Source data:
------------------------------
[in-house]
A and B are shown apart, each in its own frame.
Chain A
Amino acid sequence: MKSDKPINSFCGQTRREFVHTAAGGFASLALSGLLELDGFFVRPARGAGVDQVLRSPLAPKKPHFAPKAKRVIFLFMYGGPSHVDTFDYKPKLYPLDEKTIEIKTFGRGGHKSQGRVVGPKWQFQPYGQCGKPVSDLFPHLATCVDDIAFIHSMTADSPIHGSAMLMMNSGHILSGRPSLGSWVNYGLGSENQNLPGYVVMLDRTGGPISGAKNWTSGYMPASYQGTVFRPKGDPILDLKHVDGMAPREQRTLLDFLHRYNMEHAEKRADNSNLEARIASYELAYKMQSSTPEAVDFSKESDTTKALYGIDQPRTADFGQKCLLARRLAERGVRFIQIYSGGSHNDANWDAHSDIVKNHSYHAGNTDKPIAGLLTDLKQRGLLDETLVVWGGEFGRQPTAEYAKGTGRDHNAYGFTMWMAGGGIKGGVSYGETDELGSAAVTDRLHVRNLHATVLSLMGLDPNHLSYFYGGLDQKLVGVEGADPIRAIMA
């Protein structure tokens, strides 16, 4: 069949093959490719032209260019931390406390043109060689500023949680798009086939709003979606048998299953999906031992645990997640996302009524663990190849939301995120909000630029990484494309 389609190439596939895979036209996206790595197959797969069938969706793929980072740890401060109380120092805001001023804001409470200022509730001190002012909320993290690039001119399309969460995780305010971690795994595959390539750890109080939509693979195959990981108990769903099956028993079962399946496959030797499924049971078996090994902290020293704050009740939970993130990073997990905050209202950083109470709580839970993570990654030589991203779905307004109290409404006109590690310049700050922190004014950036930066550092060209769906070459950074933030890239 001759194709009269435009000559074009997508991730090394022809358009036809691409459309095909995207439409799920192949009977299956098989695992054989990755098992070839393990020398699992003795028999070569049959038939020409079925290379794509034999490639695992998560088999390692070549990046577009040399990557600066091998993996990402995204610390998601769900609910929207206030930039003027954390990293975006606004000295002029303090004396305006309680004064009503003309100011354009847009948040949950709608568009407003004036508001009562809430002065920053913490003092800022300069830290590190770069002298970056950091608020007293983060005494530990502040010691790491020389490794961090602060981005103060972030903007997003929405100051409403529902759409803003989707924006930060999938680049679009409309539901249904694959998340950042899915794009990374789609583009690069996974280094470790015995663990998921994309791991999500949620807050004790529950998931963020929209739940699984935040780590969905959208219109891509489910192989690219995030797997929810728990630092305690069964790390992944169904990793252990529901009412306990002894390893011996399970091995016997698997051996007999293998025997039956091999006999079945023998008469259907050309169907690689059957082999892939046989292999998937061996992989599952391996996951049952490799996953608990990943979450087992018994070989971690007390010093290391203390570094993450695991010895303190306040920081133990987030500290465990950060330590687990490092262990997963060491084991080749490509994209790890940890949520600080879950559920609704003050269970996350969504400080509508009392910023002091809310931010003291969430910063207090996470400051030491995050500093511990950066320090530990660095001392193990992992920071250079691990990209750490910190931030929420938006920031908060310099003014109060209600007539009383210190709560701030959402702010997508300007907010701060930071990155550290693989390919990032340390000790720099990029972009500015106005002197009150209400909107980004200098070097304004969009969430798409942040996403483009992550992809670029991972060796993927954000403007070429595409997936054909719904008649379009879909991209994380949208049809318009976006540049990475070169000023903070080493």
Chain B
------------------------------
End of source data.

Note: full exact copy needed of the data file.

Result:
[in-house]
A and B are shown apart, each in its own frame.
Chain A
Amino acid sequence: MKSDKPINSFCGQTRREFVHTAAGGFASLALSGLLELDGFFVRPARGAGVDQVLRSPLAPKKPHFAPKAKRVIFLFMYGGPSHVDTFDYKPKLYPLDEKTIEIKTFGRGGHKSQGRVVGPKWQFQPYGQCGKPVSDLFPHLATCVDDIAFIHSMTADSPIHGSAMLMMNSGHILSGRPSLGSWVNYGLGSENQNLPGYVVMLDRTGGPISGAKNWTSGYMPASYQGTVFRPKGDPILDLKHVDGMAPREQRTLLDFLHRYNMEHAEKRADNSNLEARIASYELAYKMQSSTPEAVDFSKESDTTKALYGIDQPRTADFGQKCLLARRLAERGVRFIQIYSGGSHNDANWDAHSDIVKNHSYHAGNTDKPIAGLLTDLKQRGLLDETLVVWGGEFGRQPTAEYAKGTGRDHNAYGFTMWMAGGGIKGGVSYGETDELGSAAVTDRLHVRNLHATVLSLMGLDPNHLSYFYGGLDQKLVGVEGADPIRAIMA
């Protein structure tokens, strides 16, 4: 069949093959490719032209260019931390406390043109060689500023949680798009086939709003979606048998299953999906031992645990997640996302009524663990190849939301995120909000630029990484494309 389609190439596939895979036209996206790595197959797969069938969706793929980072740890401060109380120092805001001023804001409470200022509730001190002012909320993290690039001119399309969460995780305010971690795994595959390539750890109080939509693979195959990981108990769903099956028993079962399946496959030797499924049971078996090994902290020293704050009740939970993130990073997990905050209202950083109470709580839970993570990654030589991203779905307004109290409404006109590690310049700050922190004014950036930066550092060209769906070459950074933030890239 001759194709009269435009000559074009997508991730090394022809358009036809691409459309095909995207439409799920192949009977299956098989695992054989990755098992070839393990020398699992003795028999070569049959038939020409079925290379794509034999490639695992998560088999390692070549990046577009040399990557600066091998993996990402995204610390998601769900609910929207206030930039003027954390990293975006606004000295002029303090004396305006309680004064009503003309100011354009847009948040949950709608568009407003004036508001009562809430002065920053913490003092800022300069830290590190770069002298970056950091608020007293983060005494530990502040010691790491020389490794961090602060981005103060972030903007997003929405100051409403529902759409803003989707924006930060999938680049679009409309539901249904694959998340950042899915794009990374789609583009690069996974280094470790015995663990998921994309791991999500949620807050004790529950998931963020929209739940699984935040780590969905959208219109891509489910192989690219995030797997929810728990630092305690069964790390992944169904990793252990529901009412306990002894390893011996399970091995016997698997051996007999293998025997039956091999006999079945023998008469259907050309169907690689059957082999892939046989292999998937061996992989599952391996996951049952490799996953608990990943979450087992018994070989971690007390010093290391203390570094993450695991010895303190306040920081133990987030500290465990950060330590687990490092262990997963060491084991080749490509994209790890940890949520600080879950559920609704003050269970996350969504400080509508009392910023002091809310931010003291969430910063207090996470400051030491995050500093511990950066320090530990660095001392193990992992920071250079691990990209750490910190931030929420938006920031908060310099003014109060209600007539009383210190709560701030959402702010997508300007907010701060930071990155550290693989390919990032340390000790720099990029972009500015106005002197009150209400909107980004200098070097304004969009969430798409942040996403483009992550992809670029991972060796993927954000403007070429595409997936054909719904008649379009879909991209994380949208049809318009976006540049990475070169000023903070080493």
Chain B